Implantable hearing aids

Hearing impaired patients who are not adequately treated by a hearing-improving surgery or a conventional hearing aid can often be treated with an implantable hearing aid. Here, bone conduction implants must be distinguished from active middle ear implants.

Bone Conduction Implants

Hearing works by transmitting sound through the ear canal and the middle ear to the inner ear (air conduction). A disturbance of this transmission is called conductive hearing loss. However, sound is also transmitted directly via the bone to the inner ear (bone conduction). Bone-anchored hearing aids use this route by coupling directly to the skull bone, which means that the sound waves are transmitted directly via the bone to the inner ear. Bone conduction hearing aids are suitable for patients with conductive hearing loss and only a maximum of moderate restriction of the inner ear. These include in particular patients with a missing ear canal (atresia), with chronic ear canal inflammation and patients who have undergone surgery on the middle ear and in whom no improvement in hearing has been achieved. The implants are usually inserted under general anesthesia during surgery.

Basically two different systems can be distinguished:

Transcutaneous (BAHA® attract, BONEBRIDGE)
The implant is implanted under the intact skin and the audio processor is magnetically attached to it.

Percutaneous (BAHA® connect, Ponto™)
The implant protrudes minimally through the skin and the audio processor is attached to it.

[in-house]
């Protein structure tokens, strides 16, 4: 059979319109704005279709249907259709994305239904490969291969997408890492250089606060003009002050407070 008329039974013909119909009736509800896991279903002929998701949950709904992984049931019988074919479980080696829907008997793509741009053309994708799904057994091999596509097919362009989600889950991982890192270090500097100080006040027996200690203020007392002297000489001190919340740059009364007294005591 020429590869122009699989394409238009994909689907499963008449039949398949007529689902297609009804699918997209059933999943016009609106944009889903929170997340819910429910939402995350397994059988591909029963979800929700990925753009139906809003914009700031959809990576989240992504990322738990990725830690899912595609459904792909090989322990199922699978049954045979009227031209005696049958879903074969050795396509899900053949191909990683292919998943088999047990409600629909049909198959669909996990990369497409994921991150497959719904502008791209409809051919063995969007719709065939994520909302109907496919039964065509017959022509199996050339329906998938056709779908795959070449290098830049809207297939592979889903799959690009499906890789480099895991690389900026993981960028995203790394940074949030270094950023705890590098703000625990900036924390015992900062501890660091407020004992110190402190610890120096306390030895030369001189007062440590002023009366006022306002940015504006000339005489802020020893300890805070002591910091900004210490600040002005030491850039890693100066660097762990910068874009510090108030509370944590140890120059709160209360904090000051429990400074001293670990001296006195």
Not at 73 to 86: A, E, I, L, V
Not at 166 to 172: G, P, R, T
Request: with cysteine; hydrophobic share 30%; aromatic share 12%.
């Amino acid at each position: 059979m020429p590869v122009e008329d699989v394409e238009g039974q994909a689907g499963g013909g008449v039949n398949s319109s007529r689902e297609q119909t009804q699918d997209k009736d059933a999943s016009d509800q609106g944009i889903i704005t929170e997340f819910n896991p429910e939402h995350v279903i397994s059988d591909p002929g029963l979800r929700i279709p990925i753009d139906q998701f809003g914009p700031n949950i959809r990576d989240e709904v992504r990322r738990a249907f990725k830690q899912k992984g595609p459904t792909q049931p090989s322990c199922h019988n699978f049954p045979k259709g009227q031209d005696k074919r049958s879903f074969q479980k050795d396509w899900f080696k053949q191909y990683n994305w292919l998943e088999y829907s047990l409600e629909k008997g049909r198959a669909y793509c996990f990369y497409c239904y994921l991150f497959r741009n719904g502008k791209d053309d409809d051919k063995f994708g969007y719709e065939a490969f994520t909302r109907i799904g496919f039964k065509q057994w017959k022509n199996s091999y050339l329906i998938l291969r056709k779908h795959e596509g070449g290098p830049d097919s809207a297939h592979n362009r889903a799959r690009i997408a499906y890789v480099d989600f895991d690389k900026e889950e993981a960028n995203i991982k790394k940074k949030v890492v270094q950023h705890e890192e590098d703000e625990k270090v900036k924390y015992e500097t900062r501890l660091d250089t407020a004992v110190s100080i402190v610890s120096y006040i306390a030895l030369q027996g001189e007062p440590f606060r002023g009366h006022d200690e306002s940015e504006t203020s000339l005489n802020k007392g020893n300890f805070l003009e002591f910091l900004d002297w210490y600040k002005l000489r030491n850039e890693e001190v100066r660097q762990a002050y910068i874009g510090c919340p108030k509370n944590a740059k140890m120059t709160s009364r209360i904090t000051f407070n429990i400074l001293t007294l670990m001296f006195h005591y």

Active middle ear implants

An implantable active middle ear implant is suitable for patients with up to profound combined hearing loss and sensorineural hearing loss where conventional hearing aids cannot be used (e.g. allergies to hearing aid materials or missing ear canal). Here, sound is transmitted directly to the middle ear via a vibration generator and, unlike bone conduction implants, the opposite ear is not stimulated.

An implanted active middle ear implant is the Vibrant Soundbridge®. The implant is inserted under the skin through an access behind the ear by a surgical procedure under general anesthesia. The tiny transmitter can be coupled to different parts of the ossicular chain. The externally worn audio processor is held magnetically to the head and controls the implant by induction. The transmitter in the implant finally converts the signal into vibrations and thus stimulates the middle ear.

The Carina® system is also an active middle ear implant. This is a fully implantable system, so no external device (audio processor) is required. The microphone, processor and transducer are inserted under the skin. The microphone sends the signal to the processor, and the electrical signal is then converted into mechanical vibrations and transmitted to the ossicles. The battery is charged by an external charger.

Head of department

Univ.-Prof. Dr. med. Barbara Wollenberg


PD Dr. med. Nora Weiss


PD Dr. med. Markus Wirth